I took a skateboard into a new pipeline filled with unidentified chemicals with no regard for my personal health impacts, because Enbridge has shown no regard for the personal health of everyone I know and love.  I do not feel this was an act of bravery; it was an act of desperation.  The climate crisis isn’t a “potential;” IT IS HERE in Kalamazoo.  People are dying here NOW in west Michigan.  The Enbridge company safety record and their common practice is nothing short of soulless, remorseless, and bluntly evil.  Miscarriages in mothers and seizures are happening to children and adults along the river now.  Several of these people along the river who previously had unrelated or no conditions have passed away, and our government response in Michigan has been laws like H.B. 5565, a law which actually prevents doctors from even discussing proprietary chemicals in our medical evaluations.

Three years after the spill, Enbridge reluctantly prepares to clean the river by dredging it.  We are told that our river still holds over 180,000 gallons of bitumen oil organically fused with sand and clay in its bed. This oil is also known as “tar sand,” called so because it attaches itself to sand and is dense in weight to the point that several chemicals have to be used to simply even get it to move in a pipeline.  This oil and an unknown amount of severally lethal chemicals like benzene and toluene, corexit, inhibitors, and other dispersants sit at the bottom of our river, which is attached like a nervous system to 20-30% of the entire world’s fresh water supply.  Enbridge’s dredge operation, (meant for mining extraction, not a clean up) was tested for the first time ever last summer for this oil spill and will be pulling up the bed of our river with a mechanical arm.  It will pull up tar sand oil fused with the layer of clay that we are told is the only thing protecting our public water.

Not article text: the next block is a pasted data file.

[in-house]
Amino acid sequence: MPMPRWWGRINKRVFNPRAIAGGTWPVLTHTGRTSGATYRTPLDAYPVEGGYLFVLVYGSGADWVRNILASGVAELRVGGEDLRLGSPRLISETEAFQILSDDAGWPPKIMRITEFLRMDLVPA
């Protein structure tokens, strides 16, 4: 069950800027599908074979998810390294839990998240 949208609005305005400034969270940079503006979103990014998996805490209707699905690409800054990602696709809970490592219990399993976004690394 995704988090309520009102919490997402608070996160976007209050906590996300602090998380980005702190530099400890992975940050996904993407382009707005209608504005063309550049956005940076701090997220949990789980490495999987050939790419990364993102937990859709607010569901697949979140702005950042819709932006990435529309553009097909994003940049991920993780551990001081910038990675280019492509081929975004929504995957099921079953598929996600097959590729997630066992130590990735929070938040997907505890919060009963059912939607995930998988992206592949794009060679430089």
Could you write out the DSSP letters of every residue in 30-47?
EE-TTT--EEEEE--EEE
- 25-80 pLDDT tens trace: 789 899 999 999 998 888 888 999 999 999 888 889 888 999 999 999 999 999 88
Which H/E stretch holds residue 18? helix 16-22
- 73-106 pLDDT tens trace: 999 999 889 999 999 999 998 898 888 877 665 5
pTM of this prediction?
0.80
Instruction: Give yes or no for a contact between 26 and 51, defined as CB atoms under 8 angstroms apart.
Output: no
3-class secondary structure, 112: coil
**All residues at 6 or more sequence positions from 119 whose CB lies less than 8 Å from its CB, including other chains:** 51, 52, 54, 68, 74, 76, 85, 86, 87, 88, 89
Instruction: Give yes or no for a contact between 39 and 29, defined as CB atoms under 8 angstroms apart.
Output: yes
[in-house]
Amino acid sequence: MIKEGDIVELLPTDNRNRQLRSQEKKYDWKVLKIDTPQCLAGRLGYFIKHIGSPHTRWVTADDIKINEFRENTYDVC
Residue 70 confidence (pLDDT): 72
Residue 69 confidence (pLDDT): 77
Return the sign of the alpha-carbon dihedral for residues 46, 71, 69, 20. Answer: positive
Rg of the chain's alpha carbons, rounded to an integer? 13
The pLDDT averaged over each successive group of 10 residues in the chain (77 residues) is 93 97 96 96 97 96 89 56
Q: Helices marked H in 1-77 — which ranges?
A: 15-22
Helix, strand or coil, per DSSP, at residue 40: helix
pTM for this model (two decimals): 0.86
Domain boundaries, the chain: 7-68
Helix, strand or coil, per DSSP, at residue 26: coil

I am willing to go to prison and proudly join others willing to do the same because everything suggests  that this is the end of our environment if we continue. Martin Luther King Jr. once said, “Our lives begin to end the day we become silent about things that matter.”  I would rather join so many others in prison then die in silence.


Vicci Hamlin


I am a 60-year-old woman who believes in HOPE.

I am a mother, grandmother, great grandmother, wife, sister, daughter, dog owner and friend who believes in LOVE.

I am an activist now and have been since I can remember. I grew up in a small city that was mostly conservative, and my heroes when I was young were mostly those I read about: JFK, Martin Luther King Jr., Mother Teresa, Henry David Thoreau, and such.  As a rebellious teen I admired Gloria Steinem, Abbie Hoffman of the Chicago 7, John Lennon, and anyone protesting the Vietnam War.  In my twenties, I moved to California and put some of my beliefs into action.  I marched with Cesar Chavez and other farm workers, campaigned with Governor Jerry Brown and opposed Prop. 13, worked on Tom Hayden’s campaign for Senator, worked in one of the very first rape crisis centers, protested against nuclear weapons and joined groups like Amnesty International, Greenpeace, NOW, and groups who were trying to improve the world.